As we approach the third year of the Trump presidency, I have been thinking about why his tweets so effectively influence his most ardent supporters. They’re not especially well-written, and their content is bombastic and mostly false. However, I believe that Trump writes with such authority and conviction that he easily wins over impressionable minds. How exactly does he do this? I’ll enumerate a few ways.
- Capitalization and punctuation marks: Trump frequently uses all-caps to emphasize his words, and loves using exclamation marks at the end of sentences. Although I think that this punctuation suggests that he is shouting all the time, I can see how some readers might appreciate such emphatic statements. These loud declarations demand attention, and they are only too happy to grant it. Plus, I can’t deny that such tactics make the tweets more visible and memorable, and I’m sure that Trump is counting on this.
2. Sacrificing proper grammar for simplicity of message: Trump often passes off sentence fragments as full sentences, just to quickly get his point across. This is probably a good idea for tweets, since Twitter restricts character count. And while I think that such writing comes across as simple-minded, and more appropriate for a newspaper headline than a sentence, such shorthand closely mirrors colloquial speech. I wouldn’t be surprised if Trump’s followers feel that he is trying to relate to them in this manner.
3. Frequent misspellings: You may be asking yourself, “How can this be good?” The answer is that if journalists spend too much time criticizing Trump’s spelling, along with his grammatical mistakes and abuses, his followers might feel that they are nitpicking just because he is a Republican. Many followers might see these misspellings as endearing rather than egregious, and admire him for his failings.
Now, let me offer a hypothetical tweet to make my point. “DEMS denied funding for Wall, and now they COMPLANE about Federal Workers going broke! Can’t have it both ways! Pay up or shut up!”
The fallacy here is that the Democrats should shoulder all of the blame for the government shutdown. In fact, Trump previously said that he would take the blame for the shutdown–only to backtrack when it was politically convenient. Also, eight House Republicans recently voted against Trump’s border wall. That’s not many, but it’s still enough to prevent unanimous support. Moving on to sentence construction, we see that he is brief and emphatic. The capitalization draws attention to key points, and the exclamation marks lend authority to the statements. The misspelling is obvious, but relatively unimportant given the rest of the tweet’s contents. Lastly, this hypothetical tweet once again targets Democrats as enemies and deflects attention away from himself.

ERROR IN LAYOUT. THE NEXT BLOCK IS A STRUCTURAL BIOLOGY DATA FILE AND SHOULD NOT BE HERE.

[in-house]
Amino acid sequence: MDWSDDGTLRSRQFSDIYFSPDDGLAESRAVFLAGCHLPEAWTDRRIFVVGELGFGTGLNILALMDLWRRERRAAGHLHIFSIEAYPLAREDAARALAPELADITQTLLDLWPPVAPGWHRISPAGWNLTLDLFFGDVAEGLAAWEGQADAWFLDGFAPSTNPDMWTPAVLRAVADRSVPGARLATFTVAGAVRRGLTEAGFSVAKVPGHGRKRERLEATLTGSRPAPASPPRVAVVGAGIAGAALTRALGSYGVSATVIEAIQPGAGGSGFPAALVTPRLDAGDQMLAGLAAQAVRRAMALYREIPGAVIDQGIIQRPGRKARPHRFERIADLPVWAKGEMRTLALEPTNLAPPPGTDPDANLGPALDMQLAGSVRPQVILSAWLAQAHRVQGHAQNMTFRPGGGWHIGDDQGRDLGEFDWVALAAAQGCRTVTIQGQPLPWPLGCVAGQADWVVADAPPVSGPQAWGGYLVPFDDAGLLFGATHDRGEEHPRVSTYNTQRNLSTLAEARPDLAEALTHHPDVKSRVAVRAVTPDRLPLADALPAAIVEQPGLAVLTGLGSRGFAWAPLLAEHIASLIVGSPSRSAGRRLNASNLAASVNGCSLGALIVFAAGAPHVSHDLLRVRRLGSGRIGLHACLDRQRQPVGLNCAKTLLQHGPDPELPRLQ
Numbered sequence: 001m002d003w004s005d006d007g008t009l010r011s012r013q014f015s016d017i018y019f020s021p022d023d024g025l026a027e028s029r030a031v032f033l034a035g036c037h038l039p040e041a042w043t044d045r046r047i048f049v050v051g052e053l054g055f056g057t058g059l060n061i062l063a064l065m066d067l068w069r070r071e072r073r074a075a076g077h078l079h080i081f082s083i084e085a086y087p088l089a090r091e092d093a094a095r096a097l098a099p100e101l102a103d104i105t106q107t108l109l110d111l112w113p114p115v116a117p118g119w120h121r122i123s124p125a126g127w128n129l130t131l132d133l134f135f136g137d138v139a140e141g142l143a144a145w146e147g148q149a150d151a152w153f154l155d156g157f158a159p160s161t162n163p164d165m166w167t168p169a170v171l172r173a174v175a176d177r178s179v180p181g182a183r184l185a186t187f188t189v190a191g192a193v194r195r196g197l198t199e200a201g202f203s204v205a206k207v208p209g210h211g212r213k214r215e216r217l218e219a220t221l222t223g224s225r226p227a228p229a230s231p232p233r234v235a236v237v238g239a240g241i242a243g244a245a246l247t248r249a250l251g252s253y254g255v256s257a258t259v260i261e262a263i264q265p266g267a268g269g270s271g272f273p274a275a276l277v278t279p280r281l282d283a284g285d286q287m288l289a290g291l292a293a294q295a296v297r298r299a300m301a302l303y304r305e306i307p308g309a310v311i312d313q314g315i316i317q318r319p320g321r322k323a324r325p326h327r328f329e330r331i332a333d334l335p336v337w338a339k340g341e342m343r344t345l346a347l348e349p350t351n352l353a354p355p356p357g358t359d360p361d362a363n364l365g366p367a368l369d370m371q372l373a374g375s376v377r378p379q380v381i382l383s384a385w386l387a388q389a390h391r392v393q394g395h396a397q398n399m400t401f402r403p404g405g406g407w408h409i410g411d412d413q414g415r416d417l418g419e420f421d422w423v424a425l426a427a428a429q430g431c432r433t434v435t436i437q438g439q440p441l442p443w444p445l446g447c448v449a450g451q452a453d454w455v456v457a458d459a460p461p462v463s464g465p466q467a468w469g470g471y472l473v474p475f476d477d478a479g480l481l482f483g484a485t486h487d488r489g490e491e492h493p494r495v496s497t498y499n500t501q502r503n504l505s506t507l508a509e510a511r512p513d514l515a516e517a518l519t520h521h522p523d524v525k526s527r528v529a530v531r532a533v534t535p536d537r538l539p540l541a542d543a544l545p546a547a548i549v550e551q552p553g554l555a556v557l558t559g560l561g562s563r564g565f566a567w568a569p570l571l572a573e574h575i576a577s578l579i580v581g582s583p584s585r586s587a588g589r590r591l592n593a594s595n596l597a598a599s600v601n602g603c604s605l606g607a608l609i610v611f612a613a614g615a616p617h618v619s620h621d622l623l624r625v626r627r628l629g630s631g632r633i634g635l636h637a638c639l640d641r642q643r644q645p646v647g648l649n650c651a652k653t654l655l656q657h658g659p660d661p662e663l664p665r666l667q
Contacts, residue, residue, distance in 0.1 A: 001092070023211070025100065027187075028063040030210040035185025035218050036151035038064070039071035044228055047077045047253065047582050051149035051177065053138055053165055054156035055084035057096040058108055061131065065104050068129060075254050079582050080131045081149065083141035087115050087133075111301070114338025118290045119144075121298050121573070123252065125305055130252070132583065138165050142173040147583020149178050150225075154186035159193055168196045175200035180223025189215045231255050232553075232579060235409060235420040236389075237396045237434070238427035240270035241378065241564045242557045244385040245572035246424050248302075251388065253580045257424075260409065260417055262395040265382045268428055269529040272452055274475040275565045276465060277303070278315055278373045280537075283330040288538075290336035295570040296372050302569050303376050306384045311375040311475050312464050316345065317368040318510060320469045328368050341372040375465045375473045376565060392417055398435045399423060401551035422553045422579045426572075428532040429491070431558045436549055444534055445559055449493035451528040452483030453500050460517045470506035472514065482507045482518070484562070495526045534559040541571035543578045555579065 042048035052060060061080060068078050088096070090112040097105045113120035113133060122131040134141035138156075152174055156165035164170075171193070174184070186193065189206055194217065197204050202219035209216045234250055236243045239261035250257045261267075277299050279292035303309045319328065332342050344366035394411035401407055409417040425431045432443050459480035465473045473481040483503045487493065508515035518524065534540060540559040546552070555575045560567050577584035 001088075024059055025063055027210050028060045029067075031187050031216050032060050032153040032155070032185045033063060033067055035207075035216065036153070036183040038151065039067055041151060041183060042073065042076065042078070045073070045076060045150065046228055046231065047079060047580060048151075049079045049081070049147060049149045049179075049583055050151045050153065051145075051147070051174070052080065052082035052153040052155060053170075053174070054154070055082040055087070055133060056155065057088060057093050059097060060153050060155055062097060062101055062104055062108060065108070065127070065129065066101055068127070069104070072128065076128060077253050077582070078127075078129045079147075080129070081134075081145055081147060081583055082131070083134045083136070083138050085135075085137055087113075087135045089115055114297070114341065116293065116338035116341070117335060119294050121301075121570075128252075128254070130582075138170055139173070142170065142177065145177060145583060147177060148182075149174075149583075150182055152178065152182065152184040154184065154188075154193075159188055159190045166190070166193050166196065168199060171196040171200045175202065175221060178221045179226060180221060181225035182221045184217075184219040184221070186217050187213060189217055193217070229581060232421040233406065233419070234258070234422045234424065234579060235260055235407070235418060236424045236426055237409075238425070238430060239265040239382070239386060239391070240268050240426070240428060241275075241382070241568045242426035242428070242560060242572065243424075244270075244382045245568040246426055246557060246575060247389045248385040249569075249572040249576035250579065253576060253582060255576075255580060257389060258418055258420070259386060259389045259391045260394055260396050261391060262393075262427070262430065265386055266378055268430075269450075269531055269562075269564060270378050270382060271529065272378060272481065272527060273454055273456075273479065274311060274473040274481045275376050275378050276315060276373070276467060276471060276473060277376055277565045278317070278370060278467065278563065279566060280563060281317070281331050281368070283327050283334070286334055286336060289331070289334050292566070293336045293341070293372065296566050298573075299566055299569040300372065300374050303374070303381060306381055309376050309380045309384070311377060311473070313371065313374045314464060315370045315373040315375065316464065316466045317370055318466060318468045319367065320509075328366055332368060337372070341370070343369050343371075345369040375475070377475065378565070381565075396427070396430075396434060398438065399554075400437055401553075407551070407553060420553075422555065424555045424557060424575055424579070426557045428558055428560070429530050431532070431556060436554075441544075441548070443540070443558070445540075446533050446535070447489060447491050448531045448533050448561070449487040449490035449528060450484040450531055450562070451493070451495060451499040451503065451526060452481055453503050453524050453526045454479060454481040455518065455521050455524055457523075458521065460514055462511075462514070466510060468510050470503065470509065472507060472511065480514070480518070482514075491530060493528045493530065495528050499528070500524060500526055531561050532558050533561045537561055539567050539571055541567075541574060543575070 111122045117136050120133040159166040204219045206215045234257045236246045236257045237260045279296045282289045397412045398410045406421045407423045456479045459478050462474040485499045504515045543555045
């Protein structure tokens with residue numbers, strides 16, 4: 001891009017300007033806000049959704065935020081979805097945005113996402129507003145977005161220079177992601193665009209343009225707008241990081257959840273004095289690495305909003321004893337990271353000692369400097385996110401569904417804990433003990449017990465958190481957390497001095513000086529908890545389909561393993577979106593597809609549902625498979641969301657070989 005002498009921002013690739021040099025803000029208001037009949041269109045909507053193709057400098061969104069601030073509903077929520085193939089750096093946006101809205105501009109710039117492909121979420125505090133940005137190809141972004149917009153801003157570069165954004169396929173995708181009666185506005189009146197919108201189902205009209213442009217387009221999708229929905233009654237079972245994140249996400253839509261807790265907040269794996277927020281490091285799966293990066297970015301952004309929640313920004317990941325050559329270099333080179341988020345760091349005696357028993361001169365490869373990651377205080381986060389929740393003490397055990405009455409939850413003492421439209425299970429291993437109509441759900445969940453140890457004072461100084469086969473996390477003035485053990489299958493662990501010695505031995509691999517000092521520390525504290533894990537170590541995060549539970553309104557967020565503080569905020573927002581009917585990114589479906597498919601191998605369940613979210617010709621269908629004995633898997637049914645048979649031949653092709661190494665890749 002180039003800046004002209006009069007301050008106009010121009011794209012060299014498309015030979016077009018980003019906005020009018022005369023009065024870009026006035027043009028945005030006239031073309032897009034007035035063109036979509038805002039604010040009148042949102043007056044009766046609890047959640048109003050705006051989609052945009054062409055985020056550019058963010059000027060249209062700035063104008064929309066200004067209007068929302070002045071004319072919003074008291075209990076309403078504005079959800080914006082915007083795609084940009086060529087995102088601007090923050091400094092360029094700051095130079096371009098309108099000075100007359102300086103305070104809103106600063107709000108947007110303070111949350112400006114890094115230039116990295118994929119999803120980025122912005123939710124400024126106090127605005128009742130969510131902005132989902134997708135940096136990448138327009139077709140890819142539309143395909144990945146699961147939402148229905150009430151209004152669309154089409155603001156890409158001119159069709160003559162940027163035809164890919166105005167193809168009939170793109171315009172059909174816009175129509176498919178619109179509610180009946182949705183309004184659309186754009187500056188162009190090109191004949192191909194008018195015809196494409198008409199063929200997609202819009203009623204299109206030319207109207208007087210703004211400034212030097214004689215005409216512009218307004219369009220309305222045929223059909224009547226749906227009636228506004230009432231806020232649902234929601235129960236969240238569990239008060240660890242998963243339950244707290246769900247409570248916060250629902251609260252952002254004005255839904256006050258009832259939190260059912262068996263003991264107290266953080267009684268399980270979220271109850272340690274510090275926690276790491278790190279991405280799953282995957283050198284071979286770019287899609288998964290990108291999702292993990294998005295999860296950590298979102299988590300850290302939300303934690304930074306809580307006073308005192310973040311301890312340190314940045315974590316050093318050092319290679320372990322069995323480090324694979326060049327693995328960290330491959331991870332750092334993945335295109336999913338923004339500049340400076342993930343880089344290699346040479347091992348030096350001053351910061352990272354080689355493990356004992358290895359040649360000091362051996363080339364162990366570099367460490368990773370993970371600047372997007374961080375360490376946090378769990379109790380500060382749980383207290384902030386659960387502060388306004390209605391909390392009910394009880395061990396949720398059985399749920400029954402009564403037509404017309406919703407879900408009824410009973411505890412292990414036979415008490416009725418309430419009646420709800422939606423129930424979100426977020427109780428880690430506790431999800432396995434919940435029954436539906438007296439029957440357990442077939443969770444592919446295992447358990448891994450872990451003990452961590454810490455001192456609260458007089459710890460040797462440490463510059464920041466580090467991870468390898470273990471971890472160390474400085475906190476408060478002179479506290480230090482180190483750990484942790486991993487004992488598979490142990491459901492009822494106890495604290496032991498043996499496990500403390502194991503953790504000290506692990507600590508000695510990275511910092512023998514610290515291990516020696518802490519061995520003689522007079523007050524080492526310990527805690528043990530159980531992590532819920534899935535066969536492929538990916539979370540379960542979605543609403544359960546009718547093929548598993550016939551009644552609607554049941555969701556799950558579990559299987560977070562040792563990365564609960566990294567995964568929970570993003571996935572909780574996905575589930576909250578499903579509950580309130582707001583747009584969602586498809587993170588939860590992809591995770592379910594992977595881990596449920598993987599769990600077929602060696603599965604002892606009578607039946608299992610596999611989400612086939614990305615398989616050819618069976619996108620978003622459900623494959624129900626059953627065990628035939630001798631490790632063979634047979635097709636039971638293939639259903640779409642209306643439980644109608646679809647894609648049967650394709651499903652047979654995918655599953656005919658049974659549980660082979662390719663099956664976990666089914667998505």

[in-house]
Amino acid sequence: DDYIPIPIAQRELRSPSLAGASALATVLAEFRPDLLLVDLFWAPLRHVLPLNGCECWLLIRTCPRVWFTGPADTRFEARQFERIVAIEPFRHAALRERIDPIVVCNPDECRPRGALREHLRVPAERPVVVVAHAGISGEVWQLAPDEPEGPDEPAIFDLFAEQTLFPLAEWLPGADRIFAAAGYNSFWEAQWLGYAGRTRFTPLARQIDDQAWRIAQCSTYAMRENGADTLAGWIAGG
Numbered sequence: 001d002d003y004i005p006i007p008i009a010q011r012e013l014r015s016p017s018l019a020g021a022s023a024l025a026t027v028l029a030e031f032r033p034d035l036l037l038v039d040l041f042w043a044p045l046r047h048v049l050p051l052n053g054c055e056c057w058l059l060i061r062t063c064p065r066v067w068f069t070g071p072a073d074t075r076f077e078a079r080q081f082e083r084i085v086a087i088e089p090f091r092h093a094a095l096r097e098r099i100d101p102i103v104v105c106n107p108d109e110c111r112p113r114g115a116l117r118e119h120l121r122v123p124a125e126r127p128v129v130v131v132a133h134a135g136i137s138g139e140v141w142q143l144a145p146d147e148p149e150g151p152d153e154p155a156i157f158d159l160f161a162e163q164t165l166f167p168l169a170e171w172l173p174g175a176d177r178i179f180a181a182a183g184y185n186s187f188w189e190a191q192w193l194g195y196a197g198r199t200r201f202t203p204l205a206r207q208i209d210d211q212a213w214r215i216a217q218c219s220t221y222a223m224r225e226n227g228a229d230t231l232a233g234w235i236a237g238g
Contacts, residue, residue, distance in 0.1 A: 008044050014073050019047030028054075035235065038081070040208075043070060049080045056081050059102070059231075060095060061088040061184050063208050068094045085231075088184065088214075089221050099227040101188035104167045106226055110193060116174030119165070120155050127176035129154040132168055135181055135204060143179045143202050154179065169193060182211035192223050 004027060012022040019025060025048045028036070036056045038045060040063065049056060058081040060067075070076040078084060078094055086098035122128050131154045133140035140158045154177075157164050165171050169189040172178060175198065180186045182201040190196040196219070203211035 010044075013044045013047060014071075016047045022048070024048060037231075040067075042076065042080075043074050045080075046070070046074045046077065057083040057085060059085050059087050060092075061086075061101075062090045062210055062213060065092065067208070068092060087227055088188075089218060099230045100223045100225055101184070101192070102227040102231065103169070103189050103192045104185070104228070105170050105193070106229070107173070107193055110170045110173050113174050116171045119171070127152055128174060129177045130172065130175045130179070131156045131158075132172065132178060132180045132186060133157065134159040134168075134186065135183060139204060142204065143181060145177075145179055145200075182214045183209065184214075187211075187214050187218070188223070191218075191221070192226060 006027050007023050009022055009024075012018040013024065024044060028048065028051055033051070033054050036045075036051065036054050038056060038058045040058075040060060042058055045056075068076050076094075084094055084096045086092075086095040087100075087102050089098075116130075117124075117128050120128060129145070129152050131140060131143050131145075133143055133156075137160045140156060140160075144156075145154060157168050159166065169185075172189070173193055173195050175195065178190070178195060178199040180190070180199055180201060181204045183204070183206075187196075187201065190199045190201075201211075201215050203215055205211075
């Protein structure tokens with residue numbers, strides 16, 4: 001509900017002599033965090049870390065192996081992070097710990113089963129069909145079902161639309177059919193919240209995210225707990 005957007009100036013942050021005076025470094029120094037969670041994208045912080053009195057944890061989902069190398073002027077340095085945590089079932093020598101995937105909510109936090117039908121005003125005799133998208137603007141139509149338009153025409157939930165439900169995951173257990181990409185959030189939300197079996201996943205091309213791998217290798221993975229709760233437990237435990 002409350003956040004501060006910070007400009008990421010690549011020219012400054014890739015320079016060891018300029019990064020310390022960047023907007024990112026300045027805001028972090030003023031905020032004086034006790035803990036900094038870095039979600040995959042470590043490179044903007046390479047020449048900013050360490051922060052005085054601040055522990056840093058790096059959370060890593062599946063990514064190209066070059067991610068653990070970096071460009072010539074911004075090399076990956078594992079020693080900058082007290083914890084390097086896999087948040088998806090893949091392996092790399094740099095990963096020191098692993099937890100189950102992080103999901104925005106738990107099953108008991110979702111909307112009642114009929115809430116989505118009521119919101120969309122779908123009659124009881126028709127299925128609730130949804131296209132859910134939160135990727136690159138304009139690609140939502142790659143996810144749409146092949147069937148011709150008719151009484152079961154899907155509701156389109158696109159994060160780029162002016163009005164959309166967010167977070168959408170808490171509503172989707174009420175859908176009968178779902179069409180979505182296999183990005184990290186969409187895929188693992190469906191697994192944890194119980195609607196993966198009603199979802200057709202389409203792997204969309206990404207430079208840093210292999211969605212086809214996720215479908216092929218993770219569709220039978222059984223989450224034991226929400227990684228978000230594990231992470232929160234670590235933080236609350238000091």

So, should Democratic leaders adopt Trump’s writing style if they want to win over supporters? I would advise against it. Not only would such mimicry appear to be blatantly mocking Trump, but most Democratic supporters would feel that such statements would mock their intelligence. However, it might not be a bad idea to project the same level of authority. Don’t distort or ignore the truth, and don’t paint your opponents as enemies of the people, but write confidently, angrily, and with purpose. Call your supporters to action, and convince them that your way is the only way. It might seem uncouth, but we might be past the point where decorum matters. Going high doesn’t necessarily mean going properly. If speaking LOUDLY and carrying a big stick is what it takes, then by all means do it.